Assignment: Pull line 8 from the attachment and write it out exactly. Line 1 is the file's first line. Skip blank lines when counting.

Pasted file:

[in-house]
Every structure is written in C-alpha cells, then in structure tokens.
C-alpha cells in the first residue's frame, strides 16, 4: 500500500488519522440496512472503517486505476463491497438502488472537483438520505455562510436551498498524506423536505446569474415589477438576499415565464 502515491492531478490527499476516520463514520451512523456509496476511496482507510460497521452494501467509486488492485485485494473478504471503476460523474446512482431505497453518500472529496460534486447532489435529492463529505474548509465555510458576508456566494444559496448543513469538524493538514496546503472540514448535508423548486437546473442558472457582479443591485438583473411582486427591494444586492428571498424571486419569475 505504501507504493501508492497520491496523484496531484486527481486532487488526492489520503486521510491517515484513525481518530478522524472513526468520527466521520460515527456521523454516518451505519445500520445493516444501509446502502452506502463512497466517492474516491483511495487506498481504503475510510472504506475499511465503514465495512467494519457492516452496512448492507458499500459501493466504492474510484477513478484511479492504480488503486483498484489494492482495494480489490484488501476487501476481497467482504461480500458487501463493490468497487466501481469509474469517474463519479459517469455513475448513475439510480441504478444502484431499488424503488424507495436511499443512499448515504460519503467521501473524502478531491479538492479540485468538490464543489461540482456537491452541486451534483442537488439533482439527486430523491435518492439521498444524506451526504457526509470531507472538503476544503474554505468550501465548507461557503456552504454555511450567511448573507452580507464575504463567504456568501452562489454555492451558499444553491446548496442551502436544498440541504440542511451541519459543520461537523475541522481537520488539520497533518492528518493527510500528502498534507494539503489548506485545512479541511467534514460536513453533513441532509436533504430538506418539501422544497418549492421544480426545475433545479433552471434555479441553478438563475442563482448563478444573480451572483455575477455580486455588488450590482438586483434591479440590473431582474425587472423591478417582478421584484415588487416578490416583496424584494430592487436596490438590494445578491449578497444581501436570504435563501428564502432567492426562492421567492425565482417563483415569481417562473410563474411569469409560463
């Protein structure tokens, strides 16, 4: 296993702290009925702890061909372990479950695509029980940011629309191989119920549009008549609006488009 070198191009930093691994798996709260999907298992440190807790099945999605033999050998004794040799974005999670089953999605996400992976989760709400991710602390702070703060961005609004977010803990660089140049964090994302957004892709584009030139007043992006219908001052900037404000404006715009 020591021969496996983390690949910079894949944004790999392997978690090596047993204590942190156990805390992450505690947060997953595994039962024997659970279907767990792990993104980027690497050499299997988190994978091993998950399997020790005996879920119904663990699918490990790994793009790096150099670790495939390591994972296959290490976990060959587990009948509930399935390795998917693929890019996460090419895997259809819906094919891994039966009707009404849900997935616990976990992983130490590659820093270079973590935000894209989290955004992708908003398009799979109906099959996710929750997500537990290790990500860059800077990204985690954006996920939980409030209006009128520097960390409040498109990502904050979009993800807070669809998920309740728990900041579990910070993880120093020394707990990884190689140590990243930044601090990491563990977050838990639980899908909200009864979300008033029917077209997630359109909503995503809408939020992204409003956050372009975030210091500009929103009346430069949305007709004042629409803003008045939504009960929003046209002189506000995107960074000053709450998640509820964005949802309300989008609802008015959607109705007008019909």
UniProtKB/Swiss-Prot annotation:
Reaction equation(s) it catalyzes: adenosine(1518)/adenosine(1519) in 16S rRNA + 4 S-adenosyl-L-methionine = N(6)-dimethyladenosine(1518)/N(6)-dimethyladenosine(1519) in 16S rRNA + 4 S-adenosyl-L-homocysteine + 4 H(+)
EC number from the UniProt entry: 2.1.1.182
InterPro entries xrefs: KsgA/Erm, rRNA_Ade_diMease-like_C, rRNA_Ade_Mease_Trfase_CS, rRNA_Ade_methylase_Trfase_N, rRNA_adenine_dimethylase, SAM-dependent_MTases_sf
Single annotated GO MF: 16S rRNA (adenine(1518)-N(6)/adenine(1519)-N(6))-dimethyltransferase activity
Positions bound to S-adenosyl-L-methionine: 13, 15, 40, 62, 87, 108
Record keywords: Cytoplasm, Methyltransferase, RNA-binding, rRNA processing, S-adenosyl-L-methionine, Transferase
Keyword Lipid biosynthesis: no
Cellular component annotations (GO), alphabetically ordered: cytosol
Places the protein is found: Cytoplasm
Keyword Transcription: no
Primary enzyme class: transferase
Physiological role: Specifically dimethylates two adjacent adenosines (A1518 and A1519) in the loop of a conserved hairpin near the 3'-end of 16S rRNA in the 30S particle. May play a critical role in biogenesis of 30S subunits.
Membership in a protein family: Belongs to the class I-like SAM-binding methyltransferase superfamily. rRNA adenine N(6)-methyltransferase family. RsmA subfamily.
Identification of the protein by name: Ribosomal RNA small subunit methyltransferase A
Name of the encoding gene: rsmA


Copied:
InterPro entries xrefs: KsgA/Erm, rRNA_Ade_diMease-like_C, rRNA_Ade_Mease_Trfase_CS, rRNA_Ade_methylase_Trfase_N, rRNA_adenine_dimethylase, SAM-dependent_MTases_sf